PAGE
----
What made this adaptation easy was a solid core, conventional materials and simple lines, activated with layering of interior views. As Principal Michael Blatt puts it, essentially “we think what will the ruins look like, what are the parts that no one is going to change. If you design good spaces, people will use them no matter what their needs are.” The pair foresaw practical concerns while their clients were taken with sliding glass doors or fire pits. You have to have foresight when designing a space, explains partner Alice Fung, “we tend to think much more long-term.”
For more images of the project, please visit the slideshow.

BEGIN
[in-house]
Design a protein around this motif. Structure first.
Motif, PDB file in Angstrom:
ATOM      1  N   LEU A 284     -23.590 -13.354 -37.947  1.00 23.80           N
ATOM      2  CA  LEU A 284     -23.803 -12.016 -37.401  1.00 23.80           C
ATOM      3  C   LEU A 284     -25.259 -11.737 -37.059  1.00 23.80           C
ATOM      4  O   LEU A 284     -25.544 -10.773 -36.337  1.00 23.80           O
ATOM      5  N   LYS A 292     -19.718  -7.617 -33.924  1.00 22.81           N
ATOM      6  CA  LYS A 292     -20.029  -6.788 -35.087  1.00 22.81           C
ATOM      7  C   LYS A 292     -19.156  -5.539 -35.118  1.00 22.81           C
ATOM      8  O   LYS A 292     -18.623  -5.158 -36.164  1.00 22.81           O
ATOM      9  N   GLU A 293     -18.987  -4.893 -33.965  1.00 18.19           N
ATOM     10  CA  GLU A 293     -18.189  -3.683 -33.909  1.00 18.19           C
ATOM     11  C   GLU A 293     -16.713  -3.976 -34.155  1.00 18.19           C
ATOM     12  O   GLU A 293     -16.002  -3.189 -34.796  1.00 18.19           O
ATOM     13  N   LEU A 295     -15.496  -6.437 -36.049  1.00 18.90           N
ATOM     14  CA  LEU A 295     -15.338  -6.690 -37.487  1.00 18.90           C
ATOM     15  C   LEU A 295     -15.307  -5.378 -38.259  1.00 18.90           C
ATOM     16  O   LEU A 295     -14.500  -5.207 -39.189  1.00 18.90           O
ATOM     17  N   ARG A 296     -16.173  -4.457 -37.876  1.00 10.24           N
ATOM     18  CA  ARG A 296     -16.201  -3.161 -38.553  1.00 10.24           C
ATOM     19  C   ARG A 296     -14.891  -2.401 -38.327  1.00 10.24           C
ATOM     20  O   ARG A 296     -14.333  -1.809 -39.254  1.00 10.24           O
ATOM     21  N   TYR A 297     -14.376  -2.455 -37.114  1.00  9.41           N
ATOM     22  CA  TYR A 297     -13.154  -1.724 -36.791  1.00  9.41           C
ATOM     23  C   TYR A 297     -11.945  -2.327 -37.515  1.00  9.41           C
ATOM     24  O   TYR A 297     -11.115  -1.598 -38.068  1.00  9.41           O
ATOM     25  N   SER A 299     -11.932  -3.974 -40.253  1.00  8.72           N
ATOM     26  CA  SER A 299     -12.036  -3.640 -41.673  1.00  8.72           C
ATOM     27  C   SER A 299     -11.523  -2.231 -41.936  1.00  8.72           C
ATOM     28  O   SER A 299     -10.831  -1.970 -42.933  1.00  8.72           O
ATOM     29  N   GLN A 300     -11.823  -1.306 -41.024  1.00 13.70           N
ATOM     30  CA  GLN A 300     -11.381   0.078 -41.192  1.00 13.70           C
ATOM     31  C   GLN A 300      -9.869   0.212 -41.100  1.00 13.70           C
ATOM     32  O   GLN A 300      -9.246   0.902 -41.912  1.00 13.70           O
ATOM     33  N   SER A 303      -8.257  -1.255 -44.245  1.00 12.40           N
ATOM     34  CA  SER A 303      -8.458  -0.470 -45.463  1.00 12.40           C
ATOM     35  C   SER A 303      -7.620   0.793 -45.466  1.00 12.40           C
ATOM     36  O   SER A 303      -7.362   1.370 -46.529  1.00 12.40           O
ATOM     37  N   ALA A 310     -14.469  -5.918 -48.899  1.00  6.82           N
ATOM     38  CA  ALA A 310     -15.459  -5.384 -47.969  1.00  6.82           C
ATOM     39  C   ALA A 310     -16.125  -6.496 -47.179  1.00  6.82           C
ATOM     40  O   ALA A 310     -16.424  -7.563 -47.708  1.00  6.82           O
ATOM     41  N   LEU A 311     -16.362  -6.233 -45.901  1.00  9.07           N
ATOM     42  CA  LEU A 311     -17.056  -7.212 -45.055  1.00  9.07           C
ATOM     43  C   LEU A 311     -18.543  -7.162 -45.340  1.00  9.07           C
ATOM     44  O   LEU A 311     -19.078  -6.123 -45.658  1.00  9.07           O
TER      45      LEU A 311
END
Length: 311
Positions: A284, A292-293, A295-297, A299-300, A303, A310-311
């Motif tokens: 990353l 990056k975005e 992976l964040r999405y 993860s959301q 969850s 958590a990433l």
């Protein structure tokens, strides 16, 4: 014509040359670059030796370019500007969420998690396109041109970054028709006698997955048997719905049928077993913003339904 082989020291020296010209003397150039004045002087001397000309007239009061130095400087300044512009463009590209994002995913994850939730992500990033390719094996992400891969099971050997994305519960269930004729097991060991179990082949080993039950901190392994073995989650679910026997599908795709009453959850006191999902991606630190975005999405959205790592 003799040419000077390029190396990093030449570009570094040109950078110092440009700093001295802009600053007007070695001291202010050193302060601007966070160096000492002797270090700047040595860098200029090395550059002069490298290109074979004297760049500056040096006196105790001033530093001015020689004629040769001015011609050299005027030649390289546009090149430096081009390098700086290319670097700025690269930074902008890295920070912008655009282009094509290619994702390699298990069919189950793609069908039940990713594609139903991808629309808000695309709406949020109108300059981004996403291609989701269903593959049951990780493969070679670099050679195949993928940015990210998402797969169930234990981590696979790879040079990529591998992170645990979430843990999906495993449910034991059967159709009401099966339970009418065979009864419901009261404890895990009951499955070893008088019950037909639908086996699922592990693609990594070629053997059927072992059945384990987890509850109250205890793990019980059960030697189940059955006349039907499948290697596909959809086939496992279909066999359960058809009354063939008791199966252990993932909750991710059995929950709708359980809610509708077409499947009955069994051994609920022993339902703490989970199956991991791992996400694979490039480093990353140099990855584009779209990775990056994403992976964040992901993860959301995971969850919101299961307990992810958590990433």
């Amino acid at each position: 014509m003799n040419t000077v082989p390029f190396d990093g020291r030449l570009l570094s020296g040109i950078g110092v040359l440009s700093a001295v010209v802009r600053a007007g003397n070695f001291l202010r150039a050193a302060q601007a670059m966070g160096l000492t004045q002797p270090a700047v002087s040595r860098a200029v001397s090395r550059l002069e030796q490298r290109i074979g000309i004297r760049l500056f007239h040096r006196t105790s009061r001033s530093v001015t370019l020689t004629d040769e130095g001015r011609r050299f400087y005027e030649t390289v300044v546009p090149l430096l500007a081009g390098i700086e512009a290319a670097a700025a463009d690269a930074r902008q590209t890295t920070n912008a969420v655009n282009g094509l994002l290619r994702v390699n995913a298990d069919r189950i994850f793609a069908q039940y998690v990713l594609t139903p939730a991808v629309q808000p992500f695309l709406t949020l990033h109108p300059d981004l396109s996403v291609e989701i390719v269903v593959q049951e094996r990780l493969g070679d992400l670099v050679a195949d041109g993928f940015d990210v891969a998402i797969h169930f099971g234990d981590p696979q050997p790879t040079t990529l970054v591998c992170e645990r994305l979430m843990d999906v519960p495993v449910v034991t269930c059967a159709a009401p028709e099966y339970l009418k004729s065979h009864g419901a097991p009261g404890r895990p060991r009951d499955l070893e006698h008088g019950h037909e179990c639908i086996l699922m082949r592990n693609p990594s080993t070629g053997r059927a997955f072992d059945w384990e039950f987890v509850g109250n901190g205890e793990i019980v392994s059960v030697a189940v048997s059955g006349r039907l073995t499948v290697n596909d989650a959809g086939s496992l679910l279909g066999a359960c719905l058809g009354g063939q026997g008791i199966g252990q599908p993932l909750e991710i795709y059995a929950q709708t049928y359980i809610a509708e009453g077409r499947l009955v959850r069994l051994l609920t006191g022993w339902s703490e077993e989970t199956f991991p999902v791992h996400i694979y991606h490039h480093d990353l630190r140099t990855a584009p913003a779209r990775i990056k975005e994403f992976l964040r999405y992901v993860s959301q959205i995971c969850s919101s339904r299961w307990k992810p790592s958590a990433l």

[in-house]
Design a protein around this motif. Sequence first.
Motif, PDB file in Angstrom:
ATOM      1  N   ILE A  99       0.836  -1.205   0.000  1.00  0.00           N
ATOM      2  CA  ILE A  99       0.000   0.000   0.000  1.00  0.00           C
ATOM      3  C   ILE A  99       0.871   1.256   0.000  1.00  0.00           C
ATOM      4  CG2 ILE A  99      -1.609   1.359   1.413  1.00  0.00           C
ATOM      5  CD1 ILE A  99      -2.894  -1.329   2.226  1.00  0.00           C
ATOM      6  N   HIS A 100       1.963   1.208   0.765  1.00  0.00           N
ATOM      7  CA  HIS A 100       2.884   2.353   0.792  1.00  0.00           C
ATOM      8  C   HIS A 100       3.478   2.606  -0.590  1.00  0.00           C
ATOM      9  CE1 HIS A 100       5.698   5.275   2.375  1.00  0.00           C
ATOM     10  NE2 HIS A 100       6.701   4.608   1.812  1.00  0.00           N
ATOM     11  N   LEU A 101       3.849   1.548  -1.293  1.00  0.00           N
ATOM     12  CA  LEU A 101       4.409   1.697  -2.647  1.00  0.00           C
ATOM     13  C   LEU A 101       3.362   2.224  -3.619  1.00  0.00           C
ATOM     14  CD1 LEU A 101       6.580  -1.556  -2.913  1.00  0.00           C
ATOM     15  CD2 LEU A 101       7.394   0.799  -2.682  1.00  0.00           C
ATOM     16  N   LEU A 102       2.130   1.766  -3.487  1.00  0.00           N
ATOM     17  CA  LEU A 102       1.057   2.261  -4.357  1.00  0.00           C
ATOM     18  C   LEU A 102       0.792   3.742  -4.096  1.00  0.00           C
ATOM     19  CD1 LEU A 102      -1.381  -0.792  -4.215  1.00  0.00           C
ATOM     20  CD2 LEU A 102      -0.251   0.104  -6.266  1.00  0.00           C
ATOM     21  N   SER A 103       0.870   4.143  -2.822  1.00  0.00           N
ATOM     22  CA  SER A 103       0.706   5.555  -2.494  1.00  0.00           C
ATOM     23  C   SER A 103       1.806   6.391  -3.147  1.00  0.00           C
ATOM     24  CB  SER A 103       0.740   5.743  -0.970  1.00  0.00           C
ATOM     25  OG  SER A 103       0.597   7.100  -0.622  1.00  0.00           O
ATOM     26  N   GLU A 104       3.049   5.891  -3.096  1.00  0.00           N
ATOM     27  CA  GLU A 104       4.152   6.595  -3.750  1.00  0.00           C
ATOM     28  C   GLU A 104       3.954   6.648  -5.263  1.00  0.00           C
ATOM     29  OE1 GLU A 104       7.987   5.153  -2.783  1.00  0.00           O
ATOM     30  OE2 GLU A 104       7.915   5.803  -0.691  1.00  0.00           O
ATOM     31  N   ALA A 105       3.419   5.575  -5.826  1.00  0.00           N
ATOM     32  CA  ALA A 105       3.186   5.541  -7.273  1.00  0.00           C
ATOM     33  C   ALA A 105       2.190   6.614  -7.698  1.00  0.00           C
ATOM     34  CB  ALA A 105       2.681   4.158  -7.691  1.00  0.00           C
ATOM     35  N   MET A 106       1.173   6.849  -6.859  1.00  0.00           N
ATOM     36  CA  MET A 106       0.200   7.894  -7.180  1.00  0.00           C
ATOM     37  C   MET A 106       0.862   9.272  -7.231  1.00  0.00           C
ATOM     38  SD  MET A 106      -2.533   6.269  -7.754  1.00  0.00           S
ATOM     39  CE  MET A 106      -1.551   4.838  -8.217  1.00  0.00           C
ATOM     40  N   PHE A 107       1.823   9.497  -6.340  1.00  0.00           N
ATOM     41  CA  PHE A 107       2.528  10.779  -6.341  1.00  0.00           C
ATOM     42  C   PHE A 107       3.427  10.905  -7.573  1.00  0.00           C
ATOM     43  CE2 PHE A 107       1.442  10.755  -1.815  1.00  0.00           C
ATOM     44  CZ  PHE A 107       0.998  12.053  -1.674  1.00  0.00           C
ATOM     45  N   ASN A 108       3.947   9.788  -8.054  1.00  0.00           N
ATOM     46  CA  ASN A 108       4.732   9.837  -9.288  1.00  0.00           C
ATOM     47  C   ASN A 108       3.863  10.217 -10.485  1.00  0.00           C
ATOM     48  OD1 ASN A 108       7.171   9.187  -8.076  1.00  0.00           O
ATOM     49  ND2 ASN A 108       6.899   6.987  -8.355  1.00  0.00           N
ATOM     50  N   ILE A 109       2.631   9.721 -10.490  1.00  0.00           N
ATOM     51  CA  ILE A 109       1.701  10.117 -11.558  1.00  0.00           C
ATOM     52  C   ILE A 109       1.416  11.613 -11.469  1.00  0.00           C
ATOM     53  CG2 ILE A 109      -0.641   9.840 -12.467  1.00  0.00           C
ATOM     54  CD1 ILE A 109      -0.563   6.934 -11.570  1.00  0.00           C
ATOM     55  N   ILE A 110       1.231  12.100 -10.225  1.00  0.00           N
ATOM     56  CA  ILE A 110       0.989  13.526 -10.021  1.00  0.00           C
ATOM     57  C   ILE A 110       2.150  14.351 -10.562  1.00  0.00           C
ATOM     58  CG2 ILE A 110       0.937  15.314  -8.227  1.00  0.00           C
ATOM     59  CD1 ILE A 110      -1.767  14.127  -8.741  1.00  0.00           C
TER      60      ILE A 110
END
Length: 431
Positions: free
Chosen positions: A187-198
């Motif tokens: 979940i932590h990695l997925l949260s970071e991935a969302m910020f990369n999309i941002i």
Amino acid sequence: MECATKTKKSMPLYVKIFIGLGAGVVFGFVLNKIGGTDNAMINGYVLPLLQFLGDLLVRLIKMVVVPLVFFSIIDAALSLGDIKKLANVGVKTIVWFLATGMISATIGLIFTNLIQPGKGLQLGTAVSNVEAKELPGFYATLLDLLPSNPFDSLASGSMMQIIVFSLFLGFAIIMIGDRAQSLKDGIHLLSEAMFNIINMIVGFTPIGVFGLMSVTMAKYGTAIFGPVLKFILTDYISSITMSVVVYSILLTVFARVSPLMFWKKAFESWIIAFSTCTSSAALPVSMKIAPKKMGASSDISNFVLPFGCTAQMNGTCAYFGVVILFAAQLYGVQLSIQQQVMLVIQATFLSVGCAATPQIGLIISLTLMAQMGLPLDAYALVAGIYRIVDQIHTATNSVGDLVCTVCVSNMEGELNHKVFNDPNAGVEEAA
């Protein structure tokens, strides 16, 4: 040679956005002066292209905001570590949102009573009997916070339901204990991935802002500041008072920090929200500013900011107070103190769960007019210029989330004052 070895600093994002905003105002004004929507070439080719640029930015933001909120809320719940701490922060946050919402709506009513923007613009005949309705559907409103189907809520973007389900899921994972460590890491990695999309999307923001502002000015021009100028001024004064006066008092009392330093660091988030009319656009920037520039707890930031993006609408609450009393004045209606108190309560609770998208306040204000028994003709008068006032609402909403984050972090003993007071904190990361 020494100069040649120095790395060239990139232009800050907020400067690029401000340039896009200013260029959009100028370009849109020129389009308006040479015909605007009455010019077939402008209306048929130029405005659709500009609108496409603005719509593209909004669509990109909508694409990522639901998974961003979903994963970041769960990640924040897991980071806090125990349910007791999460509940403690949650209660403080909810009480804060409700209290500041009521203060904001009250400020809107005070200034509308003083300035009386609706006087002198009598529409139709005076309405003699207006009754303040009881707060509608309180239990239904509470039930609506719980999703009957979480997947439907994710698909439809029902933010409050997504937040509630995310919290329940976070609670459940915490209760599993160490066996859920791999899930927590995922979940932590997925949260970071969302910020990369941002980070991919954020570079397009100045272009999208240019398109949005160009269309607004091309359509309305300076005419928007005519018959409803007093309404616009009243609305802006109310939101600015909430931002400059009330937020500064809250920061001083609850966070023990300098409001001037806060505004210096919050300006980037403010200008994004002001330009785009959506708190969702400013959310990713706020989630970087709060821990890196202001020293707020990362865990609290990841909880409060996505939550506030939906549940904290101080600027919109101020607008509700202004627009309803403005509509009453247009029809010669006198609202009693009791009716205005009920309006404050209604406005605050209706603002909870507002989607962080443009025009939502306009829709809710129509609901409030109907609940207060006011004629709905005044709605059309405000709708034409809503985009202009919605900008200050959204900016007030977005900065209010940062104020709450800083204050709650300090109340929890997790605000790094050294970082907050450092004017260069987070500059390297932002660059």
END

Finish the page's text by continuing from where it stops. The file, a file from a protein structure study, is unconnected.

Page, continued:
Writer, designer, researcher, Jodie Bass holds a Master of Architecture degree from SCI‐Arc in Los Angeles, where she is currently based. Her work centers on the confluence of design and social engagement and is dedicated to the pursuit of conscientious construction through both critical and hands‐on methods. She has worked with prestigious firms, cultural institutions and creative folks on both coasts, including Ball+ Nogues, Ralph Appelbaum Associates, El Museo del Barrio, Jersey City Museum, Brooklyn Children’s Museum, and Lee Skolnick + Design Partnership. She is a contributing editor to Architizer, and led research for Ripped: Tshirts from the Underground, published in 2010 by Rizzoli. As a selected intern for the Foresight Initiative, she offered research and design solutions to the Department of the Environment for the City of Chicago, Smart Museum, and Enterprising Kitchen‐an organization offering training and development opportunities to unemployed and low‐income women. She holds a Master of Arts from NYU, in the departments of Museum Studies and Latin American and Caribbean Studies, and was awarded the Foreign Language and Area Studies Fellowship. She learned a Bachelor of Arts in Religion and Art History from Vassar College and continues to enjoy learning through design and travel.